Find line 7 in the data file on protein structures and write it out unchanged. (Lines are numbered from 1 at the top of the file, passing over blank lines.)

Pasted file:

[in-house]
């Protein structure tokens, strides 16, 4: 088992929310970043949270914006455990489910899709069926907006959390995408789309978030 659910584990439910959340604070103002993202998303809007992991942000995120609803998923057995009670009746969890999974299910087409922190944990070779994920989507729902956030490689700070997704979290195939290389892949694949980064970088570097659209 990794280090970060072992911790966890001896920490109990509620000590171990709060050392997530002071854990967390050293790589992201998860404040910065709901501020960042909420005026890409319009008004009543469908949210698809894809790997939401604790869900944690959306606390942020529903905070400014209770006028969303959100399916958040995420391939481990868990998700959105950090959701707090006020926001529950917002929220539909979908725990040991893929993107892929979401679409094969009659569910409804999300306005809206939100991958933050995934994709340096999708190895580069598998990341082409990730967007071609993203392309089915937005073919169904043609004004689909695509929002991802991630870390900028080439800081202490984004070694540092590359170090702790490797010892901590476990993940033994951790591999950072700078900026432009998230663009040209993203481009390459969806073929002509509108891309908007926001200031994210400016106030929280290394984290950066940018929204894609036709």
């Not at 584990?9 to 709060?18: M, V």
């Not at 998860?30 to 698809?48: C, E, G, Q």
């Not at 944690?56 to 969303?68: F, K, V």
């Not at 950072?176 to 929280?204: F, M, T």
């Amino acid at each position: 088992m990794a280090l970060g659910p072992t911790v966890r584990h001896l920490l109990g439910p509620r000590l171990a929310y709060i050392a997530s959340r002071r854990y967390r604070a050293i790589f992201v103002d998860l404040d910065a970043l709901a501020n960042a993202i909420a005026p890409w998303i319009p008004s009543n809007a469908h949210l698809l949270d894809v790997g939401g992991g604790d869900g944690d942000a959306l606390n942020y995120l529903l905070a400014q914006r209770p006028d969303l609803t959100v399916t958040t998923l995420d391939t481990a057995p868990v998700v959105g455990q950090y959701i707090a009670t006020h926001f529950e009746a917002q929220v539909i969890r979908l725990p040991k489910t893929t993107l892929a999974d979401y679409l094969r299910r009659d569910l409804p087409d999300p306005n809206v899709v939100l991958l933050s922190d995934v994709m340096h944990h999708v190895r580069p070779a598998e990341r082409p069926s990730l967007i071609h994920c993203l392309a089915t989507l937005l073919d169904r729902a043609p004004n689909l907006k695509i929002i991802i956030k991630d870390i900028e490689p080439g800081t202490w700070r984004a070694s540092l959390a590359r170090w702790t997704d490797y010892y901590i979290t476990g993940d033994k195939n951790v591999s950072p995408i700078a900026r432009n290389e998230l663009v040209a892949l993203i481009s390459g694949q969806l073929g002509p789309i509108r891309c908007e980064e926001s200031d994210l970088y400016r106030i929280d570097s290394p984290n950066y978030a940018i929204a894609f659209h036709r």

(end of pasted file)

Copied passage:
């Amino acid at each position: 088992m990794a280090l970060g659910p072992t911790v966890r584990h001896l920490l109990g439910p509620r000590l171990a929310y709060i050392a997530s959340r002071r854990y967390r604070a050293i790589f992201v103002d998860l404040d910065a970043l709901a501020n960042a993202i909420a005026p890409w998303i319009p008004s009543n809007a469908h949210l698809l949270d894809v790997g939401g992991g604790d869900g944690d942000a959306l606390n942020y995120l529903l905070a400014q914006r209770p006028d969303l609803t959100v399916t958040t998923l995420d391939t481990a057995p868990v998700v959105g455990q950090y959701i707090a009670t006020h926001f529950e009746a917002q929220v539909i969890r979908l725990p040991k489910t893929t993107l892929a999974d979401y679409l094969r299910r009659d569910l409804p087409d999300p306005n809206v899709v939100l991958l933050s922190d995934v994709m340096h944990h999708v190895r580069p070779a598998e990341r082409p069926s990730l967007i071609h994920c993203l392309a089915t989507l937005l073919d169904r729902a043609p004004n689909l907006k695509i929002i991802i956030k991630d870390i900028e490689p080439g800081t202490w700070r984004a070694s540092l959390a590359r170090w702790t997704d490797y010892y901590i979290t476990g993940d033994k195939n951790v591999s950072p995408i700078a900026r432009n290389e998230l663009v040209a892949l993203i481009s390459g694949q969806l073929g002509p789309i509108r891309c908007e980064e926001s200031d994210l970088y400016r106030i929280d570097s290394p984290n950066y978030a940018i929204a894609f659209h036709r």